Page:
I don’t know if it was gunpowder but the book did have a distinct scent to it. The book is a page turner for sure. The action is literally throughout the book. I don’t find any characters that are there for the sake of. Each character has been handled with care, their mindset and thoughts sketched well. It leaves us thinking if such a patriot can be real. This is the first time I’m reading Deva’s work. It is excellent. I’m certainly going to try and find more of his books to read.


Rated a 9/10
Rated a 9/10

Book Details:
Title: RIP
Author: Mukul Deva
Genre: Crime Thriller
ISBN: 978-93-82618-19-5
Price: INR 200
Publishers: Westland

 


This review is a part of the biggest Book Review Program for Indian Bloggers. Participate now to get free books!
The opinions expressed in the review are my own, and remain unbiased and uninfluenced. This is not a paid review.


Also for the Indian Quills Reading Challenge at Tales Pensieve, First Reads Challenge at b00kr3vi3ws, Alphabet Challenge at A Bookworm’s Musing.


(January 30th, 2013)

Posted in Books

#BookReview: 14 Hours by Ankur Chawla

Impressions off the back-cover:
It is a non-fiction book. What it says is what I should get. A recollection of memories, albeit some that aren’t memorable for the entire country, let alone me, or maybe even the author. For once, I think I cannot have expectations on the book, for no one can expect anything from reality. If anything life has taught me so far, sometimes even life as we live it can seem incredible.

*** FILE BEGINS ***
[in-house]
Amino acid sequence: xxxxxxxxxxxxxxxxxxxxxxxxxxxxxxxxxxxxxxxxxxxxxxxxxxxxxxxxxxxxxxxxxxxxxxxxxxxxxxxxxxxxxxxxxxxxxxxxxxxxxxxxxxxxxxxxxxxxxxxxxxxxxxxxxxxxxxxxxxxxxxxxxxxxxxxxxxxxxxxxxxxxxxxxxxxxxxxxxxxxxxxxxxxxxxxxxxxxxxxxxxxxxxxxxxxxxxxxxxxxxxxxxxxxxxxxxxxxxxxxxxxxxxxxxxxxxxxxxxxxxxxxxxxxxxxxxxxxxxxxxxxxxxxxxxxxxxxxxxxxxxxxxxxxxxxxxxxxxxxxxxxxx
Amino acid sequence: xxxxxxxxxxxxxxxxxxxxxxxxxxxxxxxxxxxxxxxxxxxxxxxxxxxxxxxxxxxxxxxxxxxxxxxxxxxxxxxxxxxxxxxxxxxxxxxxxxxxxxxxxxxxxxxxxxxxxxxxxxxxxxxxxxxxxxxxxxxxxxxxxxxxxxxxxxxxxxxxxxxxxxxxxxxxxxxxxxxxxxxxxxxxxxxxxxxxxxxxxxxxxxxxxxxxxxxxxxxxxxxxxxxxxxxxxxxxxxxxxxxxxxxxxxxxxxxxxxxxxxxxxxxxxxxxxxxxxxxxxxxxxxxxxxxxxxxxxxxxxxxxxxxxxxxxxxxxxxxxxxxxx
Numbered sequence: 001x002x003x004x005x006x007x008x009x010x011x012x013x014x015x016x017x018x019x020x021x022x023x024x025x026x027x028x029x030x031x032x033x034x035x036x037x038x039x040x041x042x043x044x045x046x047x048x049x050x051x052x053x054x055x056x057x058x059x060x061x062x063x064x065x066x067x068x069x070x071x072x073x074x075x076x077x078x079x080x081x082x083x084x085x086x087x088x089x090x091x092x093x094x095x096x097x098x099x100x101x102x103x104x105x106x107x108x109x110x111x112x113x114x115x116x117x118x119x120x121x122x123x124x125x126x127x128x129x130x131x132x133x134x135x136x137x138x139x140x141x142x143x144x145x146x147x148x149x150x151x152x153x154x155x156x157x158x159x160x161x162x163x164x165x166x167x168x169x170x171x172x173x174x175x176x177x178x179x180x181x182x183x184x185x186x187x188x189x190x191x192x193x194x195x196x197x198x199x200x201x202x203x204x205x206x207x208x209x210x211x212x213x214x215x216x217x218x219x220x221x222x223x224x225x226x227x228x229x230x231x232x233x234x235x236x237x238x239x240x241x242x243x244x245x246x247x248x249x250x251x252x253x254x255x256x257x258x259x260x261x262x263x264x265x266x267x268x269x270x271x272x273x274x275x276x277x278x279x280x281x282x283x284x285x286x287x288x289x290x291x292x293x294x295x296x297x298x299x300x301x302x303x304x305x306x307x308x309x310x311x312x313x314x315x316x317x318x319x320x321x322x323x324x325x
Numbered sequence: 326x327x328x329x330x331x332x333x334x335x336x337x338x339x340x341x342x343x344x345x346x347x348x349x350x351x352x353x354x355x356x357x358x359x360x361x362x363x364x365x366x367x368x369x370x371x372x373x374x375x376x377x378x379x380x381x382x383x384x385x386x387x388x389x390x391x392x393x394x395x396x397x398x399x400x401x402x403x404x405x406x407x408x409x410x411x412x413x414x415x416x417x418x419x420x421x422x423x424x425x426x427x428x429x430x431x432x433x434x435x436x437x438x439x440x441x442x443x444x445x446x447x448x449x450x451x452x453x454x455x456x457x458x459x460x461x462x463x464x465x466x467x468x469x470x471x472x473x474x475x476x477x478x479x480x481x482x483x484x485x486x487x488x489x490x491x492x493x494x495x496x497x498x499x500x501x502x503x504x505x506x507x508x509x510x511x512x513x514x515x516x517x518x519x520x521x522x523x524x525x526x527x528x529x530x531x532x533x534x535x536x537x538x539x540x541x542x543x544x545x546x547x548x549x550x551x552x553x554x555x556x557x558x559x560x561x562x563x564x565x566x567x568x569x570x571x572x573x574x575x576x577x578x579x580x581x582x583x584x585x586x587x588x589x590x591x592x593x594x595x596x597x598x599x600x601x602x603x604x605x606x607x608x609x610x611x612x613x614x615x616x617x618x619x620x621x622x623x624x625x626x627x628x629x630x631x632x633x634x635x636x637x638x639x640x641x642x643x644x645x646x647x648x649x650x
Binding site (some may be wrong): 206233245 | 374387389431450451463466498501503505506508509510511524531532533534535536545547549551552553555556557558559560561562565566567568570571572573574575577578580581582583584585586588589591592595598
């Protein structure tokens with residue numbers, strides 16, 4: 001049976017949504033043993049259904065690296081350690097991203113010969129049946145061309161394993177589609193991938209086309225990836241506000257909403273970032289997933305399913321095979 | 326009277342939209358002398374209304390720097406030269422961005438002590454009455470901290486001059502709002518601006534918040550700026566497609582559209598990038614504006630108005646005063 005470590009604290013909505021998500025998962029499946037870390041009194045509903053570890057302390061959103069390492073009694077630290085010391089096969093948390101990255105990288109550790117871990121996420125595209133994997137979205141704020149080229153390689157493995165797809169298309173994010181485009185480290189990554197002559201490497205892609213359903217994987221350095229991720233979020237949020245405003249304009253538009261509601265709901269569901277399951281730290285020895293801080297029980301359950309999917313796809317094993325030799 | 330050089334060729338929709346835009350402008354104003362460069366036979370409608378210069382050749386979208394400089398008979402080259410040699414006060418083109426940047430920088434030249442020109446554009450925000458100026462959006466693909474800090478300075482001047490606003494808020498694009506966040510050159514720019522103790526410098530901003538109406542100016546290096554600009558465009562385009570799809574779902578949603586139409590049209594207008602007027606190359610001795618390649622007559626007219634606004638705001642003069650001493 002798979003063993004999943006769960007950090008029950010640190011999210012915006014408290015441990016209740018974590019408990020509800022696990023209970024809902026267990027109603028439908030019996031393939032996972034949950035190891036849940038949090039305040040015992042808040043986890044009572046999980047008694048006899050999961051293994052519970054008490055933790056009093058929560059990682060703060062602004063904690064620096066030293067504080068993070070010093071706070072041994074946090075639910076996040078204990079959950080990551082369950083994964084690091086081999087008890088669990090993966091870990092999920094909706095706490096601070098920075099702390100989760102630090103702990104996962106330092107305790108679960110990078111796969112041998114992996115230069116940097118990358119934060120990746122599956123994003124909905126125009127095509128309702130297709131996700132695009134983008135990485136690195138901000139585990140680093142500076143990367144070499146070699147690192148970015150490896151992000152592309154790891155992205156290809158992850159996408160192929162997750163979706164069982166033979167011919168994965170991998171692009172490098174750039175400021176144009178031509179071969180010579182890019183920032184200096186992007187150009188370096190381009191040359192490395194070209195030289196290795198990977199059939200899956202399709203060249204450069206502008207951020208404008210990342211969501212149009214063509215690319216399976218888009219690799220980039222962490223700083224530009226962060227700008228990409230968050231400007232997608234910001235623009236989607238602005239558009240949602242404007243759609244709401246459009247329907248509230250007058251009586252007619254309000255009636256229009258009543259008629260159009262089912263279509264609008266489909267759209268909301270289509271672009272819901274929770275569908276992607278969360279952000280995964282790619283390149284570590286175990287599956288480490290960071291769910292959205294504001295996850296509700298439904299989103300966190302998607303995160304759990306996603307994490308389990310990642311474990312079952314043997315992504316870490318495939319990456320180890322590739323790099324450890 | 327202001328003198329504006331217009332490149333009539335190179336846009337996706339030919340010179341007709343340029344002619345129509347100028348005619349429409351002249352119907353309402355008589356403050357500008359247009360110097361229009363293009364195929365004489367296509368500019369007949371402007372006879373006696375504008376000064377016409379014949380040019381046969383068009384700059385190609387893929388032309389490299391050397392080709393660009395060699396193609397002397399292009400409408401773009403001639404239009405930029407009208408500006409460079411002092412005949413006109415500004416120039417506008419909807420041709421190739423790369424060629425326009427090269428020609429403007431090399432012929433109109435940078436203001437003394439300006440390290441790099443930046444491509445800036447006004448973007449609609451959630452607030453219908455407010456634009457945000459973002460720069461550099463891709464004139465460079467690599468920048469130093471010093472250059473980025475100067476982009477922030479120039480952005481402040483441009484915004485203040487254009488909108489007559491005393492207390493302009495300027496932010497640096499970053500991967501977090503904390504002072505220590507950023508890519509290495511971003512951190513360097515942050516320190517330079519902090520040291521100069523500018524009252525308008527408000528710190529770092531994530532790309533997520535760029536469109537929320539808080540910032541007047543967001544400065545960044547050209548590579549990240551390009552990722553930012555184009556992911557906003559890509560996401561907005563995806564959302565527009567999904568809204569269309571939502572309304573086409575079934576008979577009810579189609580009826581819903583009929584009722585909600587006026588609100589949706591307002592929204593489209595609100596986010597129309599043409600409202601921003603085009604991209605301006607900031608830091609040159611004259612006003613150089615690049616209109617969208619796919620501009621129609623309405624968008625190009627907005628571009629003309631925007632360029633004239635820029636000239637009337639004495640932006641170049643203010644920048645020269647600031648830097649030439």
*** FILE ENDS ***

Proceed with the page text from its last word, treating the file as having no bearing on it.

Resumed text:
My thoughts on the book:
When I first read the excerpt from the book 14 Hours: An Insider’s Account of the 26/11 Taj Attack, I hesitated, but only for a moment, before taking up the opportunity to read and review it. Like I said, the attack being etched into the hearts of the entire nation, I wondered if it would be worth it living it all over again.

I remember a dialogue from the Castle series that was something like, “When something like that happens, it is etched into the heart. I cannot forget it even if I want to”. I don’t remember the exact dialogue, but as a poet and writer, I can understand the sentiment that when something untoward or bad happens in our life, one of the best ways is to express it. It becomes a tear that must come out, lest it burden the eyes with its stay. When you witness death, it changes you, especially if it was at a place where, and at a time when it’d be the one thing you never expect. So witnessing a murder would be something else. Ankur Chawla was inside the Taj when the events of 26/11 unfolded, and he saw a terrorist shoot a guy, and the guy crumple down. Through his words, I could see that in slow motion, and it wasn’t something I liked imagining. His book introduces in vivid detail – the Taj and its restaurants, his friends, and his family, how he came to be at the Taj, and how events unfolded on that fateful day.